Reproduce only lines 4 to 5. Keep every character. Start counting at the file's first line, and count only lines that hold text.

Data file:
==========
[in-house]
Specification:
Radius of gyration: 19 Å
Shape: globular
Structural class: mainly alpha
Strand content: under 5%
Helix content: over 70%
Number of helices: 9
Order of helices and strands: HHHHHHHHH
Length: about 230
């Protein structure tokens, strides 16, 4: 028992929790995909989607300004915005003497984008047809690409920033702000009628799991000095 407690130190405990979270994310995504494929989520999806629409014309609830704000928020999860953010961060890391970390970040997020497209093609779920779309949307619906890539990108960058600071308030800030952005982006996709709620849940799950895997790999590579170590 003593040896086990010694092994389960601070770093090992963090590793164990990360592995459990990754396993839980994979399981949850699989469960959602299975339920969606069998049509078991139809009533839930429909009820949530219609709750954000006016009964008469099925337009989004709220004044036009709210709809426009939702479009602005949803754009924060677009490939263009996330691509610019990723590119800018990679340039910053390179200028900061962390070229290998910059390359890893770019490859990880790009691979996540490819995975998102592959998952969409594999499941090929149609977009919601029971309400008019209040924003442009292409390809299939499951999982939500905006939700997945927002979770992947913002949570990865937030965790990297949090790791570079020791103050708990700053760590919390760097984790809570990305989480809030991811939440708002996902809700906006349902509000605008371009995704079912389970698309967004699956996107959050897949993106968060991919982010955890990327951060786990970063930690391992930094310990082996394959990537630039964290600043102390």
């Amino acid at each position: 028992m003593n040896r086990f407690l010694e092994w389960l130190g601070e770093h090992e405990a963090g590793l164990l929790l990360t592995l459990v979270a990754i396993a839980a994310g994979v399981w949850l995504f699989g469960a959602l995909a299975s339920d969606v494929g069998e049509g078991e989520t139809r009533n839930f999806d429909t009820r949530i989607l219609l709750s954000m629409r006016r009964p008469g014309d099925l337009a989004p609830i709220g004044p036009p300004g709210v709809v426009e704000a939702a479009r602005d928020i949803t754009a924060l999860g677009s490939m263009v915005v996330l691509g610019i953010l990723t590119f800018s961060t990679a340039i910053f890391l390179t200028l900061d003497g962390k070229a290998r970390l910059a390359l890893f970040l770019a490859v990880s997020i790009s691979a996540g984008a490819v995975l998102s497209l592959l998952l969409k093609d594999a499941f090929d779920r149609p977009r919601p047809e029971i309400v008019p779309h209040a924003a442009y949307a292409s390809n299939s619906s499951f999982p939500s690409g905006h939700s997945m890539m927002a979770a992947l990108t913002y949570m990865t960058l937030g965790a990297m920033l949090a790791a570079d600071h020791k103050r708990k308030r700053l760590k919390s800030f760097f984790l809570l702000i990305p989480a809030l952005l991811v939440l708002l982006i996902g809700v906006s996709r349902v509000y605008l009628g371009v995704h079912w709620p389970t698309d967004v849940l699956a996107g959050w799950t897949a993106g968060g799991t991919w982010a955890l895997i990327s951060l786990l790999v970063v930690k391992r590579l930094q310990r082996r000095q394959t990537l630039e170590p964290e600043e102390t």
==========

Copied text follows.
Shape: globular
Structural class: mainly alpha